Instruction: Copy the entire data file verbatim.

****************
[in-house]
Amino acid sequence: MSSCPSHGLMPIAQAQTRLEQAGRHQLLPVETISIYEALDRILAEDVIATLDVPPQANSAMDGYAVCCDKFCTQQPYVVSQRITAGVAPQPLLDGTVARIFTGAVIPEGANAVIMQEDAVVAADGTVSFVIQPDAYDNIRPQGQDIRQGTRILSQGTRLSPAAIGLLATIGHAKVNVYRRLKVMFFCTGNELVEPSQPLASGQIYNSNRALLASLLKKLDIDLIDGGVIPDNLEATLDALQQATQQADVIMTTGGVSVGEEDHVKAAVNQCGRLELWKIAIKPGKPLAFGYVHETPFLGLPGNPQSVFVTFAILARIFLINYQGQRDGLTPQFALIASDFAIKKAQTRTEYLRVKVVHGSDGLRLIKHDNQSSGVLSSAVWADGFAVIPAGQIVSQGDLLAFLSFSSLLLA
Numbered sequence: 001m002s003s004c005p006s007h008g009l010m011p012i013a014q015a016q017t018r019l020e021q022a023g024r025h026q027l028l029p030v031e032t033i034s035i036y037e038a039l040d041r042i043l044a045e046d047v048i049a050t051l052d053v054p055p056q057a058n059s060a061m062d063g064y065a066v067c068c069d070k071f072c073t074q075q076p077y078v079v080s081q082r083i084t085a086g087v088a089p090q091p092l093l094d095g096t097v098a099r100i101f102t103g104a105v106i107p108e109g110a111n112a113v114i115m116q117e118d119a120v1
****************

[in-house]
Amino acid sequence: MSSCPSHGLMPIAQAQTRLEQAGRHQLLPVETISIYEALDRILAEDVIATLDVPPQANSAMDGYAVCCDKFCTQQPYVVSQRITAGVAPQPLLDGTVARIFTGAVIPEGANAVIMQEDAVVAADGTVSFVIQPDAYDNIRPQGQDIRQGTRILSQGTRLSPAAIGLLATIGHAKVNVYRRLKVMFFCTGNELVEPSQPLASGQIYNSNRALLASLLKKLDIDLIDGGVIPDNLEATLDALQQATQQADVIMTTGGVSVGEEDHVKAAVNQCGRLELWKIAIKPGKPLAFGYVHETPFLGLPGNPQSVFVTFAILARIFLINYQGQRDGLTPQFALIASDFAIKKAQTRTEYLRVKVVHGSDGLRLIKHDNQSSGVLSSAVWADGFAVIPAGQIVSQGDLLAFLSFSSLLLA
Numbered sequence: 001m002s003s004c005p006s007h008g009l010m011p012i013a014q015a016q017t018r019l020e021q022a023g024r025h026q027l028l029p030v031e032t033i034s035i036y037e038a039l040d041r042i043l044a045e046d047v048i049a050t051l052d053v054p055p056q057a058n059s060a061m062d063g064y065a066v067c068c069d070k071f072c073t074q075q076p077y078v079v080s081q082r083i084t085a086g087v088a089p090q091p092l093l094d095g096t097v098a099r100i101f102t103g104a105v106i107p108e109g110a111n112a113v114i115m116q117e118d119a120v1